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Light Polarization

Figure 2: Wave nature of light

It is easy to visualize a light ray as a stream of particles (called photons). But, did you know that light can also be described as waves? In fact, a single photon can be considered as two waves of electric and magnetic fields − one perpendicular to the other [1]. Figure 2 shows a light wave with its electric and magnetic components. In Figure 3a, the illustration of a light wave is made simpler by showing just its electric field.

Figure 3: Polarized and unpolarized light

A light source like an electric bulb contains a large number of molecules that emit light. If the orientations of the electric fields produced by these emitters are the same, then we say the light is polarized [2]. The single light wave shown in Figure 3a is of course polarized. The direction of polarization (or polarity) is said to be along the plane of the electric field. In most cases, however, the electric fields emitted by the particles are not aligned. That is, the light is composed of many light waves with electric fields in practically every direction. In Figure 3b, the light is composed of two waves with perpendicular electric fields. Such light has no single polarity and is said to be unpolarized.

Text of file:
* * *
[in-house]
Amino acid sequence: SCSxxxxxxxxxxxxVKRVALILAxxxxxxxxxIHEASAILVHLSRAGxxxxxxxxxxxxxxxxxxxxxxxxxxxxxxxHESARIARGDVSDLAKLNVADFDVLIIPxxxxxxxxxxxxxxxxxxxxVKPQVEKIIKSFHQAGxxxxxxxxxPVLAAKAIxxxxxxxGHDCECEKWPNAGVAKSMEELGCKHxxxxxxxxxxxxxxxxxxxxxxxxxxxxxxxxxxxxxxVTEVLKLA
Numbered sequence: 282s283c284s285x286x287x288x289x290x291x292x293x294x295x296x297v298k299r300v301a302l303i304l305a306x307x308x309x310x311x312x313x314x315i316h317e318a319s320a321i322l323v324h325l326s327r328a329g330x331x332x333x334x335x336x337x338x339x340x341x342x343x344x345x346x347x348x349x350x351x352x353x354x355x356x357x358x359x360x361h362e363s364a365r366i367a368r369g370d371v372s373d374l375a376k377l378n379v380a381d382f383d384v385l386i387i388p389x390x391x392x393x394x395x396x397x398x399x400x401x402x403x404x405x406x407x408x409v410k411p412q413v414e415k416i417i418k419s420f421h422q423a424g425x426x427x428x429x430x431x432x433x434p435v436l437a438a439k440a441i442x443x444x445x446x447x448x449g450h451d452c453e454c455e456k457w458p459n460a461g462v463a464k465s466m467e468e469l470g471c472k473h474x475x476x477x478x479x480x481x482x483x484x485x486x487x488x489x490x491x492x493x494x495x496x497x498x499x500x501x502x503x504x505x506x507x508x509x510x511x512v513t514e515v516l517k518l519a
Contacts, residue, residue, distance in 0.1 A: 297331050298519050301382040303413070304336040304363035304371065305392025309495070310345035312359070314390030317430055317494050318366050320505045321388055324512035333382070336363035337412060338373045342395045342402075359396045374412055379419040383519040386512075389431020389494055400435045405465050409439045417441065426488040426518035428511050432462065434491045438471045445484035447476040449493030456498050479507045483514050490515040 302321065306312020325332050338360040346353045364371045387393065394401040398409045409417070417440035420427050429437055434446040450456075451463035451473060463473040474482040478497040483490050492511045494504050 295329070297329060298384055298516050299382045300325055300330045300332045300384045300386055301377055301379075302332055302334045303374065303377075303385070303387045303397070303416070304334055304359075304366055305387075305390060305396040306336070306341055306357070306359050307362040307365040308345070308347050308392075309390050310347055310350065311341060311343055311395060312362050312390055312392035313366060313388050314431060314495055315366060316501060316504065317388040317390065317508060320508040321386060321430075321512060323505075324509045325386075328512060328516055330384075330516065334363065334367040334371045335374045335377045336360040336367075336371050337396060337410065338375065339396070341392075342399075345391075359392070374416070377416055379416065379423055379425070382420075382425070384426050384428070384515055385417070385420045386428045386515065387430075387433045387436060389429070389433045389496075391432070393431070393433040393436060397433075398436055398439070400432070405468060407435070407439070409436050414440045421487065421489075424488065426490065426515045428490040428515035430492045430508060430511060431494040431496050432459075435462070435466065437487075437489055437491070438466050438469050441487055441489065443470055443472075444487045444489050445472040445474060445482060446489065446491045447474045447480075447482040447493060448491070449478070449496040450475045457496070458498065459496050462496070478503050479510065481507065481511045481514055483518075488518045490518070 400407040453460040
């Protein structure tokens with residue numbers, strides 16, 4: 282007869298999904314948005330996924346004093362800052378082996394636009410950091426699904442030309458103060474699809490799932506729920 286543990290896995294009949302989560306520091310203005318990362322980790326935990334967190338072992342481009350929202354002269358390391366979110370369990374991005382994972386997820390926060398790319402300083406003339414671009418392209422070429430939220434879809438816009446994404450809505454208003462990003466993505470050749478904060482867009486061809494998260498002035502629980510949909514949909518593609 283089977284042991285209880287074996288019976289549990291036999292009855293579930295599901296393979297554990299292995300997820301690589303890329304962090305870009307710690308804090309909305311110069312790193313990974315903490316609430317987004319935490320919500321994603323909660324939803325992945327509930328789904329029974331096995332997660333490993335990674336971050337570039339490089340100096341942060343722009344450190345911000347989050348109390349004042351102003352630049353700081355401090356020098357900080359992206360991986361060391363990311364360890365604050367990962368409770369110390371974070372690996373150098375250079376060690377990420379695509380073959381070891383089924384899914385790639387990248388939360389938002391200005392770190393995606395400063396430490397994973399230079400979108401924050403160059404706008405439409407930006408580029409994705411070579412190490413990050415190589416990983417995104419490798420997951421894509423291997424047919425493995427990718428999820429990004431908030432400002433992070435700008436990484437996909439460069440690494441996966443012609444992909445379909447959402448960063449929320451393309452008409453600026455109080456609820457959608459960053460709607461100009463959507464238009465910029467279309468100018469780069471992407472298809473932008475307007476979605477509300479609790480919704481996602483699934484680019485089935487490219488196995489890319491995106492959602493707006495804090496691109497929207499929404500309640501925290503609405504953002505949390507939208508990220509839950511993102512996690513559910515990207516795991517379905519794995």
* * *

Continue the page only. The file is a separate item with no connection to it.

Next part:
[1] "Wave-Particle Duality". Wikipedia. [Online] Available: http://en.wikipedia.org/wiki/Wave-particle_duality.
[2] "Polarization_(waves)". Wikipedia. [Online] Available: http://en.wikipedia.org/wiki/Polarization_(waves).